- Ofcom’s hefty fine for the self-acknowledged error within giffgaff intended to act as a warning to all operators on the duty of care linked to billing.
Regulator Ofcom fined Telefónica UK sub-brand giffgaff £1.4m for overcharging customers over an eight-year period. An investigation by the regulator found that an error in giffgaff’s billing system resulted in about 2.6 million customers being overcharged a total of almost £2.9m.
Ofcom said it expects the scale of the fine to “serve as a warning to all communications providers” on the regulator’s hard-line approach to customer protection surrounding billing practices.
It also noted that the fine could have been significantly higher if giffgaff had not self-reported the error, and taken steps to cooperate with the investigation and proactively arrange refunds for affected customers. giffgaff has already refunded £2.1m of the money overcharged, and is donating funds to charity where it cannot identify the overcharged customer.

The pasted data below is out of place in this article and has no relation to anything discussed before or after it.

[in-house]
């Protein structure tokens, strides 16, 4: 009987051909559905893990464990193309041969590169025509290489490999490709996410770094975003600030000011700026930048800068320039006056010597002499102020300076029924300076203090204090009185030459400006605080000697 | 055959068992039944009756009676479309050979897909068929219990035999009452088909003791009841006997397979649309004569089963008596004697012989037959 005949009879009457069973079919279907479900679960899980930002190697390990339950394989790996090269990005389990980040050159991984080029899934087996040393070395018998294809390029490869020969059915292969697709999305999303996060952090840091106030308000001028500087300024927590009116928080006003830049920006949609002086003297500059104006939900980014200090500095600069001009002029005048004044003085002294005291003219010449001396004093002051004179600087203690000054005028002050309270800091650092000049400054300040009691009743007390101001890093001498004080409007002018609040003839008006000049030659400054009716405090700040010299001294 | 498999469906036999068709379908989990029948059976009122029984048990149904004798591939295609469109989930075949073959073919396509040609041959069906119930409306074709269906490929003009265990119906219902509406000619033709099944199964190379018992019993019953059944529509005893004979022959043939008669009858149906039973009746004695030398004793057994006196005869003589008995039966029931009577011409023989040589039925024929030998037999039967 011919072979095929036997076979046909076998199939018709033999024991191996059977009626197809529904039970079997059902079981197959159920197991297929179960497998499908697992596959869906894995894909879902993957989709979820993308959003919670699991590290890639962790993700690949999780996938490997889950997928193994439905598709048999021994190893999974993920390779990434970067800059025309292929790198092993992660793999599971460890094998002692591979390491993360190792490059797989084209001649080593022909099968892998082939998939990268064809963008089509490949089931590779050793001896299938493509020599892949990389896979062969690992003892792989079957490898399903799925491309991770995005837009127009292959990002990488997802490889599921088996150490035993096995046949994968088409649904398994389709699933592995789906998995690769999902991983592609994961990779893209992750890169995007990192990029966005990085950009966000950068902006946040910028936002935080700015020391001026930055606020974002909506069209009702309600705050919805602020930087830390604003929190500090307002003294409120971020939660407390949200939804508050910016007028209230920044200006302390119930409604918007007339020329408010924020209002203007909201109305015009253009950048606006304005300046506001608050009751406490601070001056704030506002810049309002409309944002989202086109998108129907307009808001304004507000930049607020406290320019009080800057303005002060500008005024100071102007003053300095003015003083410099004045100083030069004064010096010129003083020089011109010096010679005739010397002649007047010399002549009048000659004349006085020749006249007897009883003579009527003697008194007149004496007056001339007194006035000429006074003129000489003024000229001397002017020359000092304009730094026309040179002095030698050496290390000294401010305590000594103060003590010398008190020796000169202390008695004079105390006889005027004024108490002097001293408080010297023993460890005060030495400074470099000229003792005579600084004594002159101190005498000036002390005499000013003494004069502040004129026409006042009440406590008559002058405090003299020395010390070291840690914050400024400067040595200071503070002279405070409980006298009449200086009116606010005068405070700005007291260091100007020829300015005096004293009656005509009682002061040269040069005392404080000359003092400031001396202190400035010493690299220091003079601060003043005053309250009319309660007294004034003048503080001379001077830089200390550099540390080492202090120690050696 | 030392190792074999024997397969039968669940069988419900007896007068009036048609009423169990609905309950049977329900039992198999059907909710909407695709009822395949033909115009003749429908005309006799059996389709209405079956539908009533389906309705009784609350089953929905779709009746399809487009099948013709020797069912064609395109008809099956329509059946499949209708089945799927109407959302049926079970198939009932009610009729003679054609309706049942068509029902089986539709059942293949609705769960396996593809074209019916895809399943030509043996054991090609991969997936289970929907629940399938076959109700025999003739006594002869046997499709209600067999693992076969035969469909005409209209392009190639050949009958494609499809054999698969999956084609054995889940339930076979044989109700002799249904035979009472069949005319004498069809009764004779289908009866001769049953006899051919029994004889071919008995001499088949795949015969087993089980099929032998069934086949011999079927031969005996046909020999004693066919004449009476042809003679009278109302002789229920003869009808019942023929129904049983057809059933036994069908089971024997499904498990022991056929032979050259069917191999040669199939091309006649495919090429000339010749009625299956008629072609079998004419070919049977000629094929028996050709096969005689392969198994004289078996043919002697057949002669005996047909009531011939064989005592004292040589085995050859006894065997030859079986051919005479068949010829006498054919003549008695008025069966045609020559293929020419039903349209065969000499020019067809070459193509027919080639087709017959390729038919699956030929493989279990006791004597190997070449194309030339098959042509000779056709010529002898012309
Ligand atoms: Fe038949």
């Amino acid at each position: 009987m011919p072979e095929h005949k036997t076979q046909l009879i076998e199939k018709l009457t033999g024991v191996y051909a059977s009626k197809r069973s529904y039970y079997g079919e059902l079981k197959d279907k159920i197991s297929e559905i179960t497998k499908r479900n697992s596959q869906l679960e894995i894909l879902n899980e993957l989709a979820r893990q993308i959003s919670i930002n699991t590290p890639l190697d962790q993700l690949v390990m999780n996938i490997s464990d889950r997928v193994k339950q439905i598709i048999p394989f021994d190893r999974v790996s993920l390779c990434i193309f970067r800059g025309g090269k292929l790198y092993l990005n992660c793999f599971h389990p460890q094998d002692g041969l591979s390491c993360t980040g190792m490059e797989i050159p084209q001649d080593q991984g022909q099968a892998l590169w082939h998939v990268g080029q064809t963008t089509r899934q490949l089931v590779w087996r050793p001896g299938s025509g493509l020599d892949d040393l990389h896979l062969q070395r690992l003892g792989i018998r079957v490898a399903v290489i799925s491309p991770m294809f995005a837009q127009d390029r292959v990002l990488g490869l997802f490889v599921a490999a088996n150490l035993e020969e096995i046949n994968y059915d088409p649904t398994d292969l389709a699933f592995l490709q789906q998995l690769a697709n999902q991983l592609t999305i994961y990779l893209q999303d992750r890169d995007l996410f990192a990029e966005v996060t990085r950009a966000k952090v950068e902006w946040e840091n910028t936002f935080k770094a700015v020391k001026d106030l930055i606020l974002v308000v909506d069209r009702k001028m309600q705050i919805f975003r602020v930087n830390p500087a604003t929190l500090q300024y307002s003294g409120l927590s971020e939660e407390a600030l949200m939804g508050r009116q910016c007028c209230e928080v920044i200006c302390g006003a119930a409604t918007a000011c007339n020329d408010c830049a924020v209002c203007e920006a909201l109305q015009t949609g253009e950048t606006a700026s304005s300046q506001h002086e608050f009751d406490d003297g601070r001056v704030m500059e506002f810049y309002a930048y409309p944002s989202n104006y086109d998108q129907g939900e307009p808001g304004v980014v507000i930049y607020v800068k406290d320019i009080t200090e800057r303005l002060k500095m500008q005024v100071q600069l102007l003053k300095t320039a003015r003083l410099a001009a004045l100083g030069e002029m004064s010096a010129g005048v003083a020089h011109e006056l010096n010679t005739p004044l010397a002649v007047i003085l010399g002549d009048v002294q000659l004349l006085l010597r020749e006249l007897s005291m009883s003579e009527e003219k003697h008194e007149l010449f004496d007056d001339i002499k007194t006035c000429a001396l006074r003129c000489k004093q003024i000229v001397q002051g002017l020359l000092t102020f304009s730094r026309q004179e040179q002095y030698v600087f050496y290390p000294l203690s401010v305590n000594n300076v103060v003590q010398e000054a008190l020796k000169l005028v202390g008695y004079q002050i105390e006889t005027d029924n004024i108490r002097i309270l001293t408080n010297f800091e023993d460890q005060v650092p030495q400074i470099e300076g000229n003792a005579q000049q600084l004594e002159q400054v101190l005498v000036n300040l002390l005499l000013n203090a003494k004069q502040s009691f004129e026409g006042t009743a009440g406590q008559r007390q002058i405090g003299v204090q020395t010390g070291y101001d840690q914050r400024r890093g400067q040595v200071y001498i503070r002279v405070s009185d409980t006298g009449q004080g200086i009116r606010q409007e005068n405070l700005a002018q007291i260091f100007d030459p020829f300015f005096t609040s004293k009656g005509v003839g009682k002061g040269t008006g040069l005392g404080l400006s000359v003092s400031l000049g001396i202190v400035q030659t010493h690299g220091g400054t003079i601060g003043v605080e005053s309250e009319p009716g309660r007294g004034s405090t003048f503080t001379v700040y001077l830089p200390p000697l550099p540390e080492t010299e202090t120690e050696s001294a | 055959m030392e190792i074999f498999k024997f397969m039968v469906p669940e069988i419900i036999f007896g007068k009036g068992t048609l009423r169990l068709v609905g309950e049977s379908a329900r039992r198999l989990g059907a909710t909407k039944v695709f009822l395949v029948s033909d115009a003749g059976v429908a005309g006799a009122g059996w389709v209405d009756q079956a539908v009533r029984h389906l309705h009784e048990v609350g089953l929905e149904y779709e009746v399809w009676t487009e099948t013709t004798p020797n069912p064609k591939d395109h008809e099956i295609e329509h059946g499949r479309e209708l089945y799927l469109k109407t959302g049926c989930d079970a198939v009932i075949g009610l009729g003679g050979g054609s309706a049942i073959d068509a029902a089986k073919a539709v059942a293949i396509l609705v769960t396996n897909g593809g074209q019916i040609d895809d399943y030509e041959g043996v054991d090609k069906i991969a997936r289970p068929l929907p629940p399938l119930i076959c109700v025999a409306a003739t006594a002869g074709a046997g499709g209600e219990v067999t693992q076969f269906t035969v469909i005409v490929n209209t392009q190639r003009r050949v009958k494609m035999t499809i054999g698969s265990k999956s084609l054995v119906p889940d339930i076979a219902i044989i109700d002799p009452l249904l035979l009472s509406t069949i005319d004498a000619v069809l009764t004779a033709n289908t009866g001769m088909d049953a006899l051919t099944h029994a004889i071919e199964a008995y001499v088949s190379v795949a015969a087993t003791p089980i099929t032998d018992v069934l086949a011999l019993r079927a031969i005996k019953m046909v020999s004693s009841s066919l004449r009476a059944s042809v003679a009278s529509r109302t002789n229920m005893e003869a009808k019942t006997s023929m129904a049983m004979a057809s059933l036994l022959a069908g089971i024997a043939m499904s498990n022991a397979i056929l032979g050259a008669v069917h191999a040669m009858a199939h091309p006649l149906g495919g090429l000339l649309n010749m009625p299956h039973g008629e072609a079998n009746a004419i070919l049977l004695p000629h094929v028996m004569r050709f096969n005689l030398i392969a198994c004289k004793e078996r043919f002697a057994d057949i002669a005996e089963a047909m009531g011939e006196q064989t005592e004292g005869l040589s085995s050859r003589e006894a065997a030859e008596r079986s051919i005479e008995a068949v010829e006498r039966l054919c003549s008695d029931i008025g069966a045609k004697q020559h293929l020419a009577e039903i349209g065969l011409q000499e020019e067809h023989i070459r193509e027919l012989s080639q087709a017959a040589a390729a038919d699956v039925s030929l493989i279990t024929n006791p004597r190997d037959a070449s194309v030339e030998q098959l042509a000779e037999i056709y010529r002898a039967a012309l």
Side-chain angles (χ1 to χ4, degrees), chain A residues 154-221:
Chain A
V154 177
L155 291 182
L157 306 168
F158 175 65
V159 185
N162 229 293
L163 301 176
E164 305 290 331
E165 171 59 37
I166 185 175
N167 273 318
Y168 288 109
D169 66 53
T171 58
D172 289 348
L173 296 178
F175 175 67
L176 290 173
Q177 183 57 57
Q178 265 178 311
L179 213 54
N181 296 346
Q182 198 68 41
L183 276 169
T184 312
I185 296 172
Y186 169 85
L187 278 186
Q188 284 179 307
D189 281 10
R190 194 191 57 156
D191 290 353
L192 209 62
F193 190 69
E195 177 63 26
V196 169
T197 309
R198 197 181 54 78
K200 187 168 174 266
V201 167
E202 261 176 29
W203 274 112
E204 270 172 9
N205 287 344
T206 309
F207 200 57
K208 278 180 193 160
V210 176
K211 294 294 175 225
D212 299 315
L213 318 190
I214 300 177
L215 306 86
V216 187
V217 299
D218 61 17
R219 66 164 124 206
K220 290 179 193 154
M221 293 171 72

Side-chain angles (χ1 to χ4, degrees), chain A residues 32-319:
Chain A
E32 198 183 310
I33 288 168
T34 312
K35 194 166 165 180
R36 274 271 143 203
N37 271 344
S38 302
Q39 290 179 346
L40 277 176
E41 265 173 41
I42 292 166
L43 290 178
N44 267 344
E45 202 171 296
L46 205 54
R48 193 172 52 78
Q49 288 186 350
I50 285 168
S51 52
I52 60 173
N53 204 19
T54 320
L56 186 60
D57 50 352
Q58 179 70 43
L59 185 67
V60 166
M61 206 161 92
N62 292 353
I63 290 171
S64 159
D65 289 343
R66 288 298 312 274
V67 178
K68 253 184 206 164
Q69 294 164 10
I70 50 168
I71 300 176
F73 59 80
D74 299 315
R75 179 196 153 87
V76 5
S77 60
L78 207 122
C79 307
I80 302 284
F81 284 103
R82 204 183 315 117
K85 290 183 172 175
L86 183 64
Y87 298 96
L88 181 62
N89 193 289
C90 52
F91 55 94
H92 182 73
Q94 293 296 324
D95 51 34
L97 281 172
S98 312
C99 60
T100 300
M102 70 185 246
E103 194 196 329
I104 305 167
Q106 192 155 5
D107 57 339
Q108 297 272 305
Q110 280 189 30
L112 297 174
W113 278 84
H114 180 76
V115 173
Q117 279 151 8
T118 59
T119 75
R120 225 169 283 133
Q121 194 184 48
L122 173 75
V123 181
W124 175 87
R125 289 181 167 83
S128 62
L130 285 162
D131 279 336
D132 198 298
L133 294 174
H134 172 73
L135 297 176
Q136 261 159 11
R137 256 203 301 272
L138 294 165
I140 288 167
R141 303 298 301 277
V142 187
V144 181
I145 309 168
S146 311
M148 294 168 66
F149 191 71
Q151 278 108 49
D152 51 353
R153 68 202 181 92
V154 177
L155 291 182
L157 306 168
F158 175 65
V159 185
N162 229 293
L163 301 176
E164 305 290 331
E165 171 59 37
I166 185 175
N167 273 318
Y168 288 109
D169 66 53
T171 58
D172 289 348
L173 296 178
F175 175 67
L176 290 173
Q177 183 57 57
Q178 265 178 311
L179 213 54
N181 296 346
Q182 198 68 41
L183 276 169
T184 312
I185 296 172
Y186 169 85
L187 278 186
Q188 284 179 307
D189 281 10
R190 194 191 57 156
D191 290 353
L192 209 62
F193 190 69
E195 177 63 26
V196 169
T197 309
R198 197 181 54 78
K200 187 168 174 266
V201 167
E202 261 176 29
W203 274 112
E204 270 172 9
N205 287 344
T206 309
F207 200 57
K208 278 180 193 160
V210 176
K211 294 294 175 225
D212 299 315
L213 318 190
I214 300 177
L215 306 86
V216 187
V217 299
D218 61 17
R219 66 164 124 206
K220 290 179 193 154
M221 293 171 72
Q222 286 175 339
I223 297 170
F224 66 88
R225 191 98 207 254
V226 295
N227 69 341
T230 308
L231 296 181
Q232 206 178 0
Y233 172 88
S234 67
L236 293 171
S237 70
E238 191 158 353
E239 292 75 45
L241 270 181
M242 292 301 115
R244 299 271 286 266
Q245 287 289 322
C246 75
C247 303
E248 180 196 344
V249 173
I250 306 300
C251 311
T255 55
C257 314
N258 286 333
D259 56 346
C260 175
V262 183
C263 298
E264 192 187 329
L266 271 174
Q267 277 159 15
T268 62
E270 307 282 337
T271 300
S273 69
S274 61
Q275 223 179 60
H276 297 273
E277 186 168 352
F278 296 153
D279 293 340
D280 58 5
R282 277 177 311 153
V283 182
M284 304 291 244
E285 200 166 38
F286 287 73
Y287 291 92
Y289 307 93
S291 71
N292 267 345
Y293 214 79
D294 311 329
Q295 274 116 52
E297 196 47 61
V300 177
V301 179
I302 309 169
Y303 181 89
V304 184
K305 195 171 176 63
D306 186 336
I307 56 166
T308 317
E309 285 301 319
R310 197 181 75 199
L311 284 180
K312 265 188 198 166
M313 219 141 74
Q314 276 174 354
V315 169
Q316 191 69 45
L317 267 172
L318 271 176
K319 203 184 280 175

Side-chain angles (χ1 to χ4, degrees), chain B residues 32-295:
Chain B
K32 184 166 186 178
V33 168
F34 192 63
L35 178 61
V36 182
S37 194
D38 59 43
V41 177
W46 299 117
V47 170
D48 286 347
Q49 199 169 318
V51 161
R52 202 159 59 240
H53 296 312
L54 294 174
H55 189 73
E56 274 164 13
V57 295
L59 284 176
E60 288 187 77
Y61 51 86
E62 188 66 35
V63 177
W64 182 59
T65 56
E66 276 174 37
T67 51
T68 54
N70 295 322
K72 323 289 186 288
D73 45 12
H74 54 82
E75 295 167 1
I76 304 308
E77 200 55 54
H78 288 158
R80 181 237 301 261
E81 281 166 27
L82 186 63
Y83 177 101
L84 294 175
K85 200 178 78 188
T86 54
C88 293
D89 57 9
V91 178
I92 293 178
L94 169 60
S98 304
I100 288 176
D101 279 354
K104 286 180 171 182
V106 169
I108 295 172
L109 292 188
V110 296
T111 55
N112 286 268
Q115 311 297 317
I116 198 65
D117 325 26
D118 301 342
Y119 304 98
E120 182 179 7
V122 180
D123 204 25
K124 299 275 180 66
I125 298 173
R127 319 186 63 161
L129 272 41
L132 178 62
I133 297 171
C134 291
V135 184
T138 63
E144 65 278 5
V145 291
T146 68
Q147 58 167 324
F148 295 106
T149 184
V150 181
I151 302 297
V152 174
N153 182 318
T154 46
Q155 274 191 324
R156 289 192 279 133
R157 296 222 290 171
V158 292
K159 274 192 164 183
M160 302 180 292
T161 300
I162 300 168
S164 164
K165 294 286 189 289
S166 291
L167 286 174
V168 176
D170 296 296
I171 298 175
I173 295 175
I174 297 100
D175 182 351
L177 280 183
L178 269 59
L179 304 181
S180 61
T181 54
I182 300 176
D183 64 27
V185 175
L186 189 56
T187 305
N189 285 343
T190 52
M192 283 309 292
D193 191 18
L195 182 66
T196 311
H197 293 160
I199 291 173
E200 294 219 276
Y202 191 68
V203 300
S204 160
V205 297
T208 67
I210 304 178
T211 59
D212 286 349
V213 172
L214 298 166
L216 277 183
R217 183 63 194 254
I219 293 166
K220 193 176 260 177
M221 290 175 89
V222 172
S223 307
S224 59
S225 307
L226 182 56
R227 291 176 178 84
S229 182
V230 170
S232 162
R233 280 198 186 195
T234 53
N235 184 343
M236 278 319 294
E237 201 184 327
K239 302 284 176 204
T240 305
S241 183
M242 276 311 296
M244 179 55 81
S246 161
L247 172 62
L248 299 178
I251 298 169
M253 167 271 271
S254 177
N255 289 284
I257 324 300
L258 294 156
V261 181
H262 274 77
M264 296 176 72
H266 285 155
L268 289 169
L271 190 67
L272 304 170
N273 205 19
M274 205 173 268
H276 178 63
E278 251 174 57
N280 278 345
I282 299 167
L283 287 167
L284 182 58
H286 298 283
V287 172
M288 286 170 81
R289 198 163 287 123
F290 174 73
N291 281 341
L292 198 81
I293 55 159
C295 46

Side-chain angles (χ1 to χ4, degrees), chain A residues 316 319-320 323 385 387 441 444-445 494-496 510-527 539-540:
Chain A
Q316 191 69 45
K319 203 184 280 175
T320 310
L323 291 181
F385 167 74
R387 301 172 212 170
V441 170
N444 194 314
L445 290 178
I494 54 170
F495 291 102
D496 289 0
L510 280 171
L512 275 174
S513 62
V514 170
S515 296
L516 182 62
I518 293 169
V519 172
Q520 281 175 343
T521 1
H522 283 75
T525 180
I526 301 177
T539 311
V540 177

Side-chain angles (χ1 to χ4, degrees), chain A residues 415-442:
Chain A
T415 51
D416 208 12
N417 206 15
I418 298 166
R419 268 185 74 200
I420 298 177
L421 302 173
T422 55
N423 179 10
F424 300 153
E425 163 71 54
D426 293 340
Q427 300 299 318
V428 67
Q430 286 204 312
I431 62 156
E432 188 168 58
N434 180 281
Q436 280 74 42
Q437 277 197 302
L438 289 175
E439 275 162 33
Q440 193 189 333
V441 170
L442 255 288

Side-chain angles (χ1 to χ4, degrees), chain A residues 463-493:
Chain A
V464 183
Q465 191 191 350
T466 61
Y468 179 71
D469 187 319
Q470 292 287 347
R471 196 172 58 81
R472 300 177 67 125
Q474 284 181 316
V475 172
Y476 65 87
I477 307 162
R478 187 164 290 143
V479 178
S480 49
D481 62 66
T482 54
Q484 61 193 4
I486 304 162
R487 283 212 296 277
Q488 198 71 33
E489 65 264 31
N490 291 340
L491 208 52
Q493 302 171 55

The fine was reduced by 30% because giffgaff agreed to settle the case and admitted the breach. The money raised from this fine will be passed on to HM Treasury.
Goodybags at fault
As well as buying basic top-up credit, giffgaff’s customers can pre-pay for bundles of voice minutes, text messages, and data – known as goodybags.
The billing problem arose when giffgaff systems failed to immediately update customer accounts to reflect the acquisition of a goodybag. This resulted in customers being charged for usage that should have been covered by the goodybag allowance in the period between the purchase and activation.
Inaccuracies exacerbate giffgaff fine
Despite giffgaff coming forward to highlight its error, Ofcom did impose an additional £50,000 fine related to a failure to provide accurate information in response to two of its information requests during the course of the investigation. Again, this fine took into account giffgaff’s role in identifying the faults in its responses and taking steps to remedy them.